My 24 Hour Retreat


This past weekend I did something I’ve never done before. I took a 24 hour break from home. My oldest daughter volunteered to watch the kids for me, and I drove about an hour and a half south of the Twin Cities to an old monastery-turned-retreat-center just a few miles from Lake Pepin. The drive […]

What’s the Point of a Short Life?

What's the Point of a Short Life

What’s the purpose of that 22-year-old’s life cut from all his potential just as he was being launched from his parent’s nest? What’s the purpose of a young mother who doesn’t live to see her offspring grow up? What’s the purpose of the millions of tiny babies nobody knew? What’s the purpose of all the old people who will die in obscurity, never having made history?

I cannot heal so-and-so.
I cannot rescue fill-in-the-blank.
I cannot change such-and-such.
I cannot protect you-know-who.
I cannot fix you-know-what.

But I can spend time with Jesus.
And I can go for a bike ride.
And I can eat something that’s healthy.
And I can take my dog for a walk.
And I can do a load of laundry.
And I can do what is right in front of me today.
And I can write.
And I can pray.

And I can love the people that God has put in my life.


If I had to choose the form of betrayal that emerged most frequently from my research and that was the most dangerous in terms of corroding the trust connection, I would say disengagement. When the people we love or with whom we have a deep connection stop caring, stop paying attention, stop investing, and stop fighting for the relationship, trust begins to slip away and hurt starts seeping in. Disengagement triggers shame and our greatest fears— the fears of being abandoned, unworthy, and unlovable. What can make this covert betrayal so much more dangerous than something like a lie or an affair is that we can’t point to the source of our pain— there’s no event, no obvious evidence of brokenness. It can feel crazy-making. We may tell a disengaged partner, “You don’t seem to care anymore,” but without “evidence” of this, the response is “I’m home from work every night by six P.M. I tuck in the kids. I’m taking the boys to Little League. What do you want from me?” Or at work, we think, Why am I not getting feedback? Tell me you love it! Tell me it sucks! Just tell me something so I know you remember that I work here!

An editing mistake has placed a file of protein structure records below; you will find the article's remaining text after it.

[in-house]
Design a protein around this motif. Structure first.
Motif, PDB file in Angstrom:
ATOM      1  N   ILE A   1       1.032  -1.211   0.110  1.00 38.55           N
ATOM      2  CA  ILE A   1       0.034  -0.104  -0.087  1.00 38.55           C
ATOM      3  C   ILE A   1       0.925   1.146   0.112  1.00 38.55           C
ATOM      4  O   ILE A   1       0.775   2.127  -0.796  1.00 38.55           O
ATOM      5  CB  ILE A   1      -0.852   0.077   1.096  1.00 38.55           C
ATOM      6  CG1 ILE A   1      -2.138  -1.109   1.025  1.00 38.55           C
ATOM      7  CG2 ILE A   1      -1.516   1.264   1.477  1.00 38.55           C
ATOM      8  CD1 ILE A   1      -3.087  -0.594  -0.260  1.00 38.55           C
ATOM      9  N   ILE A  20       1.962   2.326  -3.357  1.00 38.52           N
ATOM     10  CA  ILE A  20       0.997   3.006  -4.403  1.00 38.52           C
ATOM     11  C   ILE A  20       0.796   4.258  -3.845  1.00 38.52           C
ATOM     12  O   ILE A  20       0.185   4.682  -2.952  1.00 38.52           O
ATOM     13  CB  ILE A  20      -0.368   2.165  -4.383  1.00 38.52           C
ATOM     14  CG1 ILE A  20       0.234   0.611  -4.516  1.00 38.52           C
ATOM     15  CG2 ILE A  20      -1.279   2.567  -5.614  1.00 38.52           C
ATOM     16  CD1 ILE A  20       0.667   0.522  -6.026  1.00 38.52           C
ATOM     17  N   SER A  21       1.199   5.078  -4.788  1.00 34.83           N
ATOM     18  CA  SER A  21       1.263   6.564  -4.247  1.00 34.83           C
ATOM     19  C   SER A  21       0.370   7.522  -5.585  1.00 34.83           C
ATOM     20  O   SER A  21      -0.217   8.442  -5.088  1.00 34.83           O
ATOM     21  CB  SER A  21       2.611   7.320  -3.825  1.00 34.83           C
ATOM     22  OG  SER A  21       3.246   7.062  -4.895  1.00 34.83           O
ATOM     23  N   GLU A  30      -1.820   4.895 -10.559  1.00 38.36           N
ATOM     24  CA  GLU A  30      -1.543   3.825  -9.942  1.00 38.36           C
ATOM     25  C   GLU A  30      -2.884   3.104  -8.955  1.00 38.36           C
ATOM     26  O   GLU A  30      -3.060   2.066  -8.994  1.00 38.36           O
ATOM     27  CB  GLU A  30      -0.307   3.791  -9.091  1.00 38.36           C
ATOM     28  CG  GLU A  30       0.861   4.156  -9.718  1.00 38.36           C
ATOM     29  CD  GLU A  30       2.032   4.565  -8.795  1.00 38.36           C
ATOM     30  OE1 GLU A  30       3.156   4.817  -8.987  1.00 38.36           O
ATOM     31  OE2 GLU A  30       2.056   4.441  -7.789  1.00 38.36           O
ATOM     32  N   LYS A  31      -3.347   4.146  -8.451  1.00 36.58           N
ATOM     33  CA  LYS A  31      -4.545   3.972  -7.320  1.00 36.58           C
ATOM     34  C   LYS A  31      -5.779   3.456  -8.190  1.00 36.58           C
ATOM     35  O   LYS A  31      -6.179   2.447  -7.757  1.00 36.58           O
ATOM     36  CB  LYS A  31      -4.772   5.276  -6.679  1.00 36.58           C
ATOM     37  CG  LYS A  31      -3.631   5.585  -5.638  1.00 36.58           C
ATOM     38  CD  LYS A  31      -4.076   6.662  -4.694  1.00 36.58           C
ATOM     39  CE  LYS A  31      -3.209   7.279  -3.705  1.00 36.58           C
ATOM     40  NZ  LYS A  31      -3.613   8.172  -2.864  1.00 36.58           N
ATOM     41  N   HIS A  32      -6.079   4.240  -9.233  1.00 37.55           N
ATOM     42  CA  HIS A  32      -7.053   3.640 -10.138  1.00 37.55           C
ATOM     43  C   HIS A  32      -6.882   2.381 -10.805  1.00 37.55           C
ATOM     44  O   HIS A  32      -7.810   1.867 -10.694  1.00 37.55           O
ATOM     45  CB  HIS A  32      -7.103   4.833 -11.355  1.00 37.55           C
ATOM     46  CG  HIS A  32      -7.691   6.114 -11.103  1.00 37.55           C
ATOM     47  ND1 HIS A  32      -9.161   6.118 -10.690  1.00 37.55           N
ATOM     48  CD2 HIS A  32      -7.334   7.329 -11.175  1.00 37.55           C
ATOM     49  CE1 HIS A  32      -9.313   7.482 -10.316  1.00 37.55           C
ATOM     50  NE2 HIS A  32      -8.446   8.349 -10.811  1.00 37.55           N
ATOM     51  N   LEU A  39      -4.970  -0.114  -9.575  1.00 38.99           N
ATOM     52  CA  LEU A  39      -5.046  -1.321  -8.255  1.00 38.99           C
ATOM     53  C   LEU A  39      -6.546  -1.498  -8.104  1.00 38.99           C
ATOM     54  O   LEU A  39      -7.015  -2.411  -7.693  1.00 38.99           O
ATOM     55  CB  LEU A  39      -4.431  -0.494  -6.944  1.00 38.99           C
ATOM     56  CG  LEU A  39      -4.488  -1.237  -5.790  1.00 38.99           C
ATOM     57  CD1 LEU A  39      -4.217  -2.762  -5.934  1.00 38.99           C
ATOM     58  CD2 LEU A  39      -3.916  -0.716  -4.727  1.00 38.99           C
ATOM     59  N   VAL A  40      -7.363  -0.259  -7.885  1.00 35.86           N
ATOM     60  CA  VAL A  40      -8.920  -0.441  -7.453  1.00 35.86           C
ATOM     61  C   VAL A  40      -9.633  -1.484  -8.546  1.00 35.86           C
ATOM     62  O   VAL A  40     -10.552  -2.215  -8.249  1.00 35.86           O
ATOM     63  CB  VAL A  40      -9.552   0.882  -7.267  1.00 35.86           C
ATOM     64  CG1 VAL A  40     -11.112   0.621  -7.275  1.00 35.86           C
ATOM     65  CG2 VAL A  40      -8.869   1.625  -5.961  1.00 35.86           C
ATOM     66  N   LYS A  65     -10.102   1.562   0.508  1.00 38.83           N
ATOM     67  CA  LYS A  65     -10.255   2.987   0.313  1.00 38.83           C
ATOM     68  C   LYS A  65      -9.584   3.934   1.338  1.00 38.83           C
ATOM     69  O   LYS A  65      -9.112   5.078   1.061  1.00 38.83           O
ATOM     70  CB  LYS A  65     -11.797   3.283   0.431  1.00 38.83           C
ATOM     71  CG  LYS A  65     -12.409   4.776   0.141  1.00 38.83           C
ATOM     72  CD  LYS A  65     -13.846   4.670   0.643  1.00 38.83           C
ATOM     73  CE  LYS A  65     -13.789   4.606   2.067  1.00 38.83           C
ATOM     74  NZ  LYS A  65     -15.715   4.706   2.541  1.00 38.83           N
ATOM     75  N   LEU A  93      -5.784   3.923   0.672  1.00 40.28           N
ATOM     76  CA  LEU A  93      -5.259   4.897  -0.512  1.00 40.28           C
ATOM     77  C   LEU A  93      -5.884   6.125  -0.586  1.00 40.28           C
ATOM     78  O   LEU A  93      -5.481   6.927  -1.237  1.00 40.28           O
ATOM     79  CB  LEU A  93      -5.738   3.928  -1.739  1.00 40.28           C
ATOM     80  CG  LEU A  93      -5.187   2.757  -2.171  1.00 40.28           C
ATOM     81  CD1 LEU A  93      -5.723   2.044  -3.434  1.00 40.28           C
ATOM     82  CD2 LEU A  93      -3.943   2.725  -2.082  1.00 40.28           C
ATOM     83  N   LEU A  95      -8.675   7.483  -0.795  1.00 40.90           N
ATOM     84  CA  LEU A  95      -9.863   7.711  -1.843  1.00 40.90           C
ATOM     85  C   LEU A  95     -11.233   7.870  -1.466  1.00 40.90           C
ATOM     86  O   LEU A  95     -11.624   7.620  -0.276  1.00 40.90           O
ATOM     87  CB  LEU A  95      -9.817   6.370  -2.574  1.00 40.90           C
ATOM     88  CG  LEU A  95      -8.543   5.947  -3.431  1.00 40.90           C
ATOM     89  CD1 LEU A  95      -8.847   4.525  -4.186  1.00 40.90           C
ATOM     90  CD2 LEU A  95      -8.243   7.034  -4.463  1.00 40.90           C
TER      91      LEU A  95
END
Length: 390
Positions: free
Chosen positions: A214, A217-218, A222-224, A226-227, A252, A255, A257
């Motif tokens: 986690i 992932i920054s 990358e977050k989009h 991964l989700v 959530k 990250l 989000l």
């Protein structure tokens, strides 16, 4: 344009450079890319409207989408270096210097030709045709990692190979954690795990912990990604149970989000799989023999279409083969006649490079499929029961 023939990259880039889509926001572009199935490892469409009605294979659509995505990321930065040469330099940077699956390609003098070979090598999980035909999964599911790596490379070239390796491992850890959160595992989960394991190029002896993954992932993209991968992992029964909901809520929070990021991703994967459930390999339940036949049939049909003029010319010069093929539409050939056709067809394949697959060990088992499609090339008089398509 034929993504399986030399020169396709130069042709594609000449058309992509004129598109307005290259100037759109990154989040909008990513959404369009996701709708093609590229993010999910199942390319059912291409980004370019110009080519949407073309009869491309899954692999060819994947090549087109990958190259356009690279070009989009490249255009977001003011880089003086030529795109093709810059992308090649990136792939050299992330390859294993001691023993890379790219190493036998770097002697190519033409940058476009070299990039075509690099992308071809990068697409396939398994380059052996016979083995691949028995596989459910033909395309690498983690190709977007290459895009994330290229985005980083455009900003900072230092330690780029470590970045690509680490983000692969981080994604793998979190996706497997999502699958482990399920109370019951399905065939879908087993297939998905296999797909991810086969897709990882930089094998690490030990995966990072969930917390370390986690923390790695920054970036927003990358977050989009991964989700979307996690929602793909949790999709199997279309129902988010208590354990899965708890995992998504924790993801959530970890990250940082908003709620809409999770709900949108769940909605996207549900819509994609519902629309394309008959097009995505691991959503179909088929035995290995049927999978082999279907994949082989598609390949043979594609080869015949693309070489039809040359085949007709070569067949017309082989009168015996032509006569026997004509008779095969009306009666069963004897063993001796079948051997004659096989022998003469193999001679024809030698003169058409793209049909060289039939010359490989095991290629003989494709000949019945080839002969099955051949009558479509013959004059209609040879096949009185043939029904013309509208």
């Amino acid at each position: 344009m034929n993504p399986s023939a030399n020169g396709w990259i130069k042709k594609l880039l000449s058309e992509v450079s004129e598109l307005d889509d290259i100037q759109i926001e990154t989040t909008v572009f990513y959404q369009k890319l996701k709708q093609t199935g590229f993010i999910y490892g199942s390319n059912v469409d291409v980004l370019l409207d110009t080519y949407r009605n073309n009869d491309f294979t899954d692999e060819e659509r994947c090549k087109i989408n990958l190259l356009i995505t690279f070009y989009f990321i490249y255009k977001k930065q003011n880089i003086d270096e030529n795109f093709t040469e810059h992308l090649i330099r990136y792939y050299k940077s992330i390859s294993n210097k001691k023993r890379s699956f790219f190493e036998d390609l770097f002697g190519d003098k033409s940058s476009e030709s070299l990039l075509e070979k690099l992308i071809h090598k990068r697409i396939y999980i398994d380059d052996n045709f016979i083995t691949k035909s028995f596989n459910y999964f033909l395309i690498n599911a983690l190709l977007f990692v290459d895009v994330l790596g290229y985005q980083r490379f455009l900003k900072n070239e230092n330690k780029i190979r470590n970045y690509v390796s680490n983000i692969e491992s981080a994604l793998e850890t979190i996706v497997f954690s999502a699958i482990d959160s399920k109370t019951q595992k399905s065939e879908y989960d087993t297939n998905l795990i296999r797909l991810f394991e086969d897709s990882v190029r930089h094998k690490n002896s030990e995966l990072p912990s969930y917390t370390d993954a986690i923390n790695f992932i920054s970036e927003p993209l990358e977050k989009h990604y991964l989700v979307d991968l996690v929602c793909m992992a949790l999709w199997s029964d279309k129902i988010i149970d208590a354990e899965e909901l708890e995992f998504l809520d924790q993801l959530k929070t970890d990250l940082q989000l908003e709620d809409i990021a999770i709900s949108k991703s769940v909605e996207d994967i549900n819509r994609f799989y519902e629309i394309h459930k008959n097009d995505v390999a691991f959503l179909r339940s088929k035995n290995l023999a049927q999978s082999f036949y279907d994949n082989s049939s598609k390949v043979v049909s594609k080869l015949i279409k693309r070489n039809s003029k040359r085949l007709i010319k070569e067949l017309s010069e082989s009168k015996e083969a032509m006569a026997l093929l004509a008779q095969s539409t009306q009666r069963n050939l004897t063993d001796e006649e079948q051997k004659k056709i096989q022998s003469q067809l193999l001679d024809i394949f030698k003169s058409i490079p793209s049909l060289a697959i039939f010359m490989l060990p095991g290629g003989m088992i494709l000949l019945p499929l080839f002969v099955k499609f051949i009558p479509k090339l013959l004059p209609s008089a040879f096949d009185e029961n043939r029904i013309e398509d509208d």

Brene’ Brown, Daring Greatly

Brene' Brown
Daring Greatly (Penguin Publishing Group, 2012), pgs. 51-52

What I’m Thinking, Doing, and Reading

what I'm thinking

Getting Organized I’m going through Chalene Johnson’s FREE 30 day challenge. It’s utterly practical and has the potential to be a life-changer. I think I already do a lot of the things she talks about, but it’s helping me put those things into categories and do them in a way that makes sense and is […]